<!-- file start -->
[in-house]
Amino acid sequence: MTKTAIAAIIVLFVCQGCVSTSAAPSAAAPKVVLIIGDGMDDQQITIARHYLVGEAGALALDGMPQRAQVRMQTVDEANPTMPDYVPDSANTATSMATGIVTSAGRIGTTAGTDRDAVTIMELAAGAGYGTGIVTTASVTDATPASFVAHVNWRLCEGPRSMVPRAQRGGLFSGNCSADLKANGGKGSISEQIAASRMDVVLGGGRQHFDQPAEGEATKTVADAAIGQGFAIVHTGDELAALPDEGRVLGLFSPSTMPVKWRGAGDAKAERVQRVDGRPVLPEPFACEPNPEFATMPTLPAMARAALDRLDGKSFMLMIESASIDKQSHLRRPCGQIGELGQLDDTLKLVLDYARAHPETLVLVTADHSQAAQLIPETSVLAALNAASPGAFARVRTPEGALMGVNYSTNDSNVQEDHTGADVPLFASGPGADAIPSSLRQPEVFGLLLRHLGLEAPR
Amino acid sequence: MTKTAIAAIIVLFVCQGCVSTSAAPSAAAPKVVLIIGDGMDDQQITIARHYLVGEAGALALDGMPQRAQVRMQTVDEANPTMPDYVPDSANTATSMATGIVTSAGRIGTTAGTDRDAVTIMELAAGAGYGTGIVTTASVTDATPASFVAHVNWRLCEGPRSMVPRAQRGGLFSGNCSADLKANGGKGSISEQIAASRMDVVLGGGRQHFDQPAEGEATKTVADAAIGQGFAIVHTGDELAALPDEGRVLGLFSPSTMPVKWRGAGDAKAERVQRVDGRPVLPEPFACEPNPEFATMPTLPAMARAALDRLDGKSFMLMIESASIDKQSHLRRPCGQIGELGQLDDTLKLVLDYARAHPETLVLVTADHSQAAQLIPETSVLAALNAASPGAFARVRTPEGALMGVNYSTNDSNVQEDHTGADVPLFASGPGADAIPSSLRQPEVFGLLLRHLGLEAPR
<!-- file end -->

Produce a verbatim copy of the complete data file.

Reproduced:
[in-house]
Amino acid sequence: MTKTAIAAIIVLFVCQGCVSTSAAPSAAAPKVVLIIGDGMDDQQITIARHYLVGEAGALALDGMPQRAQVRMQTVDEANPTMPDYVPDSANTATSMATGIVTSAGRIGTTAGTDRDAVTIMELAAGAGYGTGIVTTASVTDATPASFVAHVNWRLCEGPRSMVPRAQRGGLFSGNCSADLKANGGKGSISEQIAASRMDVVLGGGRQHFDQPAEGEATKTVADAAIGQGFAIVHTGDELAALPDEGRVLGLFSPSTMPVKWRGAGDAKAERVQRVDGRPVLPEPFACEPNPEFATMPTLPAMARAALDRLDGKSFMLMIESASIDKQSHLRRPCGQIGELGQLDDTLKLVLDYARAHPETLVLVTADHSQAAQLIPETSVLAALNAASPGAFARVRTPEGALMGVNYSTNDSNVQEDHTGADVPLFASGPGADAIPSSLRQPEVFGLLLRHLGLEAPR
Amino acid sequence: MTKTAIAAIIVLFVCQGCVSTSAAPSAAAPKVVLIIGDGMDDQQITIARHYLVGEAGALALDGMPQRAQVRMQTVDEANPTMPDYVPDSANTATSMATGIVTSAGRIGTTAGTDRDAVTIMELAAGAGYGTGIVTTASVTDATPASFVAHVNWRLCEGPRSMVPRAQRGGLFSGNCSADLKANGGKGSISEQIAASRMDVVLGGGRQHFDQPAEGEATKTVADAAIGQGFAIVHTGDELAALPDEGRVLGLFSPSTMPVKWRGAGDAKAERVQRVDGRPVLPEPFACEPNPEFATMPTLPAMARAALDRLDGKSFMLMIESASIDKQSHLRRPCGQIGELGQLDDTLKLVLDYARAHPETLVLVTADHSQAAQLIPETSVLAALNAASPGAFARVRTPEGALMGVNYSTNDSNVQEDHTGADVPLFASGPGADAIPSSLRQPEVFGLLLRHLGLEAPR